Javier Tebas, the president of LaLiga, has underlined the need for online retail giant Amazon and other major streaming platforms to provide consumer data details as part of any rights agreement.
Following on from Amazon’s acquisition of a package of domestic English Premier League rights (from 2019-20 to 2020-21) and a slice of Uefa Champions League rights in Germany (from 2021-22 to 2023-24), Tebas expressed LaLiga’s willingness to sell rights to the platform.
However, any such deal should not be “under any conditions” according to the recently re-elected LaLiga president.
Speaking to a group of journalists in London upon the UK launch of the LaLigaTV linear television channel, he said: “We’ve seen Amazon buy rights with the [Premier League] Boxing Day matches in the UK and some Champions League rights in Germany. The problem in engaging with Amazon or another streaming platform is that we need to look at data.
“It’s a challenge. We must know our viewers very well. We know who goes to our stadiums, if they go five or six times or if they buy beer. But the largest number of fans is those who pay to view our games and we don’t know those fans. Those who have to pay us are the ones who know these fans and that’s not the right relationship.
“Amazon could be there as a buyer [for rights] but we need to take another step as we wish to know about the behaviour of these millions of viewers.
“We can’t sell to platforms like Amazon and others under any conditions. Let’s not forget that Amazon relies and lives off data. They know everything about people who buy through Amazon.”
LaLiga already has a direct-to-consumer relationship through LaLigaSportsTV, although there seems little chance of top-tier LaLiga Santander matches being streamed live on the league’s own OTT platform when the next rights cycle takes effect in 2022-23.
Asked by SportBusiness if the OTT platform could provide a viable solution to showcase live matches, Tebas said: “We’ve been working on OTT for several years now and the main advantage of OTT is knowing your users and their behaviour. We’re analysing the behaviour of the users who watch sport and how we can influence them so that they continue watching different sports with us.
“I don’t rule out the possibility of broadcasting [top-tier live] football on that platform but it’s not a priority for us right now. If that happens one day then we need to be prepared for that.
“OTT isn’t built in a day. It’s not about having an OTT platform ready for next season. You need to be able to prepare a competitive OTT [platform] and you need to know how the world of data and analytics works for at least three years beforehand.”
LaLigaSportsTV, which Tebas says now has 600,000 registered users, offers free live coverage of various sports, including matches of the ASOBAL Handball league and Spain’s second-tier basketball division Liga LEB Oro, plus sports such as badminton, petanque and weightlifting.
It streams live matches from Spanish football’s second-tier Segunda División (LaLiga Smartbank), but behind a paywall. Short highlights from Spain’s top two soccer leagues are also offered on the platform.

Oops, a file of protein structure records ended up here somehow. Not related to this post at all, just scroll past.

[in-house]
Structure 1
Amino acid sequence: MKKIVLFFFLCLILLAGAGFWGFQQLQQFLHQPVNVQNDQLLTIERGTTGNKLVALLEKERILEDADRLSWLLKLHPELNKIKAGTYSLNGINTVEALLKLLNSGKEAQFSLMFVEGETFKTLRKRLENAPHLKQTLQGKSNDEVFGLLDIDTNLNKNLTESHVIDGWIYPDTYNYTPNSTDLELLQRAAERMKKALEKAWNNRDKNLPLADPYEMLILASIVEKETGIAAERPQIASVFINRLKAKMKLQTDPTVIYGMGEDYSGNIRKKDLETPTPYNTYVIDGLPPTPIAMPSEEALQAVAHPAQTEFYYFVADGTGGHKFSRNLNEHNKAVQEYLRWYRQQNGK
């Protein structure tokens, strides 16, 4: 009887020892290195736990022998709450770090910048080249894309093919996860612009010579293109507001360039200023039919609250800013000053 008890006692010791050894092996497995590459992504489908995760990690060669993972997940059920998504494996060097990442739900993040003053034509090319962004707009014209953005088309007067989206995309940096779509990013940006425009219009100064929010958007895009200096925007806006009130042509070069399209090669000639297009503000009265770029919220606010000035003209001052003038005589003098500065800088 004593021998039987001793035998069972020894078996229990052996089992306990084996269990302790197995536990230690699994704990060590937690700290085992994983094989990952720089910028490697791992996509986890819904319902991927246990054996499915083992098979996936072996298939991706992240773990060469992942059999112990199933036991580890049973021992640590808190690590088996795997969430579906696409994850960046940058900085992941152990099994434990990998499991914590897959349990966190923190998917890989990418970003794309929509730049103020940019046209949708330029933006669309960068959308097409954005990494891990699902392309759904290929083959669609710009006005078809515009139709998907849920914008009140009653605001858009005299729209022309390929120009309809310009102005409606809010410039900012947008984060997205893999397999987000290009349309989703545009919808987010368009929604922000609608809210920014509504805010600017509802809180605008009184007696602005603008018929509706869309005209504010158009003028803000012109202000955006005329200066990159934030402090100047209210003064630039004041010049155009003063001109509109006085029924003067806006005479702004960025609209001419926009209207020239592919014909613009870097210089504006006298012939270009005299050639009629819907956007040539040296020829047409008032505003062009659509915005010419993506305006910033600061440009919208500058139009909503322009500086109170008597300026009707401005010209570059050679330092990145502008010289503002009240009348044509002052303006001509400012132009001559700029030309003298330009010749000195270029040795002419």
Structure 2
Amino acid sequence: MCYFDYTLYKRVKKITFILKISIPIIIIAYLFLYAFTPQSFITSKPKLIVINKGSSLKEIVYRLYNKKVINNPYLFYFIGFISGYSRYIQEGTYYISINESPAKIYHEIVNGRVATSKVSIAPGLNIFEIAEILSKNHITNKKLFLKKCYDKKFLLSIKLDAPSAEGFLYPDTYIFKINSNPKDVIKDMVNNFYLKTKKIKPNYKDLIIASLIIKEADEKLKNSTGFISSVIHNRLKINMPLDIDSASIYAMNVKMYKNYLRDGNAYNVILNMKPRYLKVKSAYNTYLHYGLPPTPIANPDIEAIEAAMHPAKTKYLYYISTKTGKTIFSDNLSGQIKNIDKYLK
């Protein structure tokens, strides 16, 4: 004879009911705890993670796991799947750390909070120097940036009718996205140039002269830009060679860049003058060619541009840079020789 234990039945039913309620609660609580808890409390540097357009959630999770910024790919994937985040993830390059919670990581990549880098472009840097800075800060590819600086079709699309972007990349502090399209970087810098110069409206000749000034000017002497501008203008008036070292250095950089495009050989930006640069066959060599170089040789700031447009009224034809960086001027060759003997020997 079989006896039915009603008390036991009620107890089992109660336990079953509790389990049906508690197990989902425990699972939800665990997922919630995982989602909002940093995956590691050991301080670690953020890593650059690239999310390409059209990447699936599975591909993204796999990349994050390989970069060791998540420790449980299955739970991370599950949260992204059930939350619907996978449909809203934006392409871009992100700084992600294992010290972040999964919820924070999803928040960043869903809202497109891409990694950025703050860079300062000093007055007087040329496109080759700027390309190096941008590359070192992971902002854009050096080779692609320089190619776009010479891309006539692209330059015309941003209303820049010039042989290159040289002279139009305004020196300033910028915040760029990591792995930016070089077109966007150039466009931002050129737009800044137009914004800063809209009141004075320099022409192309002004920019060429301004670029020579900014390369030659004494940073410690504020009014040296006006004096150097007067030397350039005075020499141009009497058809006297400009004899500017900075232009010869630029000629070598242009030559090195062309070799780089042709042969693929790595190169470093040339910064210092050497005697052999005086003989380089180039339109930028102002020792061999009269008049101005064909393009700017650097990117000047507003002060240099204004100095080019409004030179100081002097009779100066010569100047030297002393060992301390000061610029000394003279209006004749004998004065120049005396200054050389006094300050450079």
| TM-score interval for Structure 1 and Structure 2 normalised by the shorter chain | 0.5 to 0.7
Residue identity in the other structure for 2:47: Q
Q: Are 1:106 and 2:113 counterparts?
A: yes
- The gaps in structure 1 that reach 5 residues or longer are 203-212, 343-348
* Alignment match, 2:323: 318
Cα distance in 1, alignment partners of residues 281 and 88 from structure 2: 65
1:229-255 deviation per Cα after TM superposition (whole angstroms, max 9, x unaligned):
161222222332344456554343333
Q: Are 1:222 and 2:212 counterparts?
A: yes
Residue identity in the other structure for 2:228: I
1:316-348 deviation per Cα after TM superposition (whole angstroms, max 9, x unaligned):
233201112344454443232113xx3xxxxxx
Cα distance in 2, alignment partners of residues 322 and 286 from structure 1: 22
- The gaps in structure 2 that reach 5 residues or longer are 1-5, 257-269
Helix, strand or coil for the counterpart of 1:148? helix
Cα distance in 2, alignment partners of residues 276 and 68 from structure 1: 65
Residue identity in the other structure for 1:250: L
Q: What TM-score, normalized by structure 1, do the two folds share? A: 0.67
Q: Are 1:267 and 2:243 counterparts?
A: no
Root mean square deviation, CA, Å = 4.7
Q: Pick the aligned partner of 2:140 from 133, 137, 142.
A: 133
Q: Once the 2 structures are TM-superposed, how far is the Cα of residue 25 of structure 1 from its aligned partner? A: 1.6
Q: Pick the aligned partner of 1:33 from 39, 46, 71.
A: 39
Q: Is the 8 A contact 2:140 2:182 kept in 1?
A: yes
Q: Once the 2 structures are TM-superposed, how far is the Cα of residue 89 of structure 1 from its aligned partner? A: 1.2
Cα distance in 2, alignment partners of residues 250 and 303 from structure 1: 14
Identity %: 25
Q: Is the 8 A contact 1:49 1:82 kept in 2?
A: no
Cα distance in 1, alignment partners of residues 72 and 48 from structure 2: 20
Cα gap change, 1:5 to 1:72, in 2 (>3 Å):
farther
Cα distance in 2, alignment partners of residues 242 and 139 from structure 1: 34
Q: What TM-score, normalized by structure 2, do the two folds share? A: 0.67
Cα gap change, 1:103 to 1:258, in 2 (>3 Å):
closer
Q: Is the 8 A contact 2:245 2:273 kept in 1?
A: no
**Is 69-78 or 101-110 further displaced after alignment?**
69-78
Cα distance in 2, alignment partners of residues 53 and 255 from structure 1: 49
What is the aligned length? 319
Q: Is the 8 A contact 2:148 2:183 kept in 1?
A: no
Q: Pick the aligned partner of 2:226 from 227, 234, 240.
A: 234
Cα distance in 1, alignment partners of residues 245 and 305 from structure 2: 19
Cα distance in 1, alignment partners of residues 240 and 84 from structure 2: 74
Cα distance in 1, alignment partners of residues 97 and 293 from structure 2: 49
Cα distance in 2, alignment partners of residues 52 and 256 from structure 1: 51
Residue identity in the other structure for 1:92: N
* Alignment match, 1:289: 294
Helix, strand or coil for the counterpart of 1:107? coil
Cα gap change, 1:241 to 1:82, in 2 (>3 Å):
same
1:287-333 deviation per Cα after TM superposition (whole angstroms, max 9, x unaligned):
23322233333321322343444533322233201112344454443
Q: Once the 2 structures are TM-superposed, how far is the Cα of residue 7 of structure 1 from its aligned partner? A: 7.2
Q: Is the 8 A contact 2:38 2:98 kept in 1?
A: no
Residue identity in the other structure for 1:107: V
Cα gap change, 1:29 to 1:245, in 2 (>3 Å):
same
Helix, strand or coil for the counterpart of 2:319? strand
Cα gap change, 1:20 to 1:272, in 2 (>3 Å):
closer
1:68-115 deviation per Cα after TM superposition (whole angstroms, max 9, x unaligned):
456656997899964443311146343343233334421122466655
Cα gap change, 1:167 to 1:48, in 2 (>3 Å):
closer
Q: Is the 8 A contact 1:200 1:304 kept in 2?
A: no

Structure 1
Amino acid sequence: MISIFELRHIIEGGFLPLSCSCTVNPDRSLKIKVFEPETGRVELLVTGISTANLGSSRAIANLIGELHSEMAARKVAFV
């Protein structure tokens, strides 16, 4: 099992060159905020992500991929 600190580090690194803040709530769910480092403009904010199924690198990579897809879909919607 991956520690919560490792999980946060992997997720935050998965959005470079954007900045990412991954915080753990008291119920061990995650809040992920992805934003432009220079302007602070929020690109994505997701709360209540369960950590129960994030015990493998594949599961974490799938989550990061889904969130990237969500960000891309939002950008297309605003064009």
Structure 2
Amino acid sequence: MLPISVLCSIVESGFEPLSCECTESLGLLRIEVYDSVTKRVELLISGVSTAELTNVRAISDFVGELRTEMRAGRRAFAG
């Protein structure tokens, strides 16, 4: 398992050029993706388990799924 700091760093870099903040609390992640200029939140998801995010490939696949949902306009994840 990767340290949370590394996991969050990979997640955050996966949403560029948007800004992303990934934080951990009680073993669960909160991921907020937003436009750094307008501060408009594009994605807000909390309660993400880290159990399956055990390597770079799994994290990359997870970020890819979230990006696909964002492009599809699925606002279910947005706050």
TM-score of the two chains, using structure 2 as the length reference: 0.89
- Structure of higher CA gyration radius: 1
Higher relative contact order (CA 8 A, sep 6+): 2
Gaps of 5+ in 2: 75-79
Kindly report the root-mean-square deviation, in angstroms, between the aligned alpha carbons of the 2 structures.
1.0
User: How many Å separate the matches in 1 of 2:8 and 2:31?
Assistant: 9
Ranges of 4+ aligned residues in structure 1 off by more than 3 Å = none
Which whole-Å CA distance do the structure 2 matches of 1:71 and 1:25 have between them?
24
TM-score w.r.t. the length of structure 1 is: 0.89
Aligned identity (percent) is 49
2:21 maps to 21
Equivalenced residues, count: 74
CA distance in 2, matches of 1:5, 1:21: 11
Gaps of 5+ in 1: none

Speaking four months ago, Tebas said that LaLiga had invested €7.5m ($8.3m) in the OTT platform, comprised of €4m for buying content and €3.5m for IT infrastructure.
UK market ‘important but not super important’
LaLiga and the Mediapro agency have sold international rights to some OTT players during the current cycle (2019-20 to 2021-22), including DAZN and Eleven Sports.
LaLiga’s OTT move in the UK was not successful given the demise of Eleven in that market, chiefly caused by the lack of appetite among dominant pay-television duo Sky and BT to agree linear carriage deals.
Eleven initially agreed a three-season deal, from 2018-19 to 2020-21, replacing Sky as the rights-holder, but held contract renegotiations with LaLiga at the end of 2018 to end the agreement amid the financial difficulties suffered by its UK business.
Subscription broadcaster Premier Sports subsequently acquired the live LaLiga rights in the UK and Ireland from 2019-20 to 2021-22 and teamed up with the league on the launch of LaLigaTV in the two countries.
Discussing the re-awarding of the rights, Tebas said that the experience had primarily taught him that Sky and BT “have decided that they’re going to pay less for sport”.
On the specific case of Eleven Sports, he noted: “When it comes to Eleven Sports, there is OTT erupting in the market. Perhaps the Eleven model came too soon in the UK. The Eleven model works very well in other countries, for instance in Portugal or in Belgium. We’re in Poland [with Eleven Sports] too and it’s worked really well.
“We need to look at each market and the circumstances. The broadcasters and level of competition are different in each country…this means that sometimes we may find ourselves in the situation such as the one that happened with Eleven [in the UK].”
He concluded: “We know that the UK market is important, [but] it’s not super important. If it had been a super important market then it could really have damaged us. But we must learn that the transition to OTT is something that we need to be careful about.”
LaLigaTV launched as a linear channel on the Sky platform last week and a carriage agreement has also been struck with UK pay-television operator Virgin Media. The channel is priced at £5.99 per month (€5.99 per month in Ireland) but is free to Premier Sports subscribers.
In addition to a traditional rights fee arrangement, Premier Sports and LaLiga share LaLigaTV subscription revenues in the UK and Ireland as part of their deal.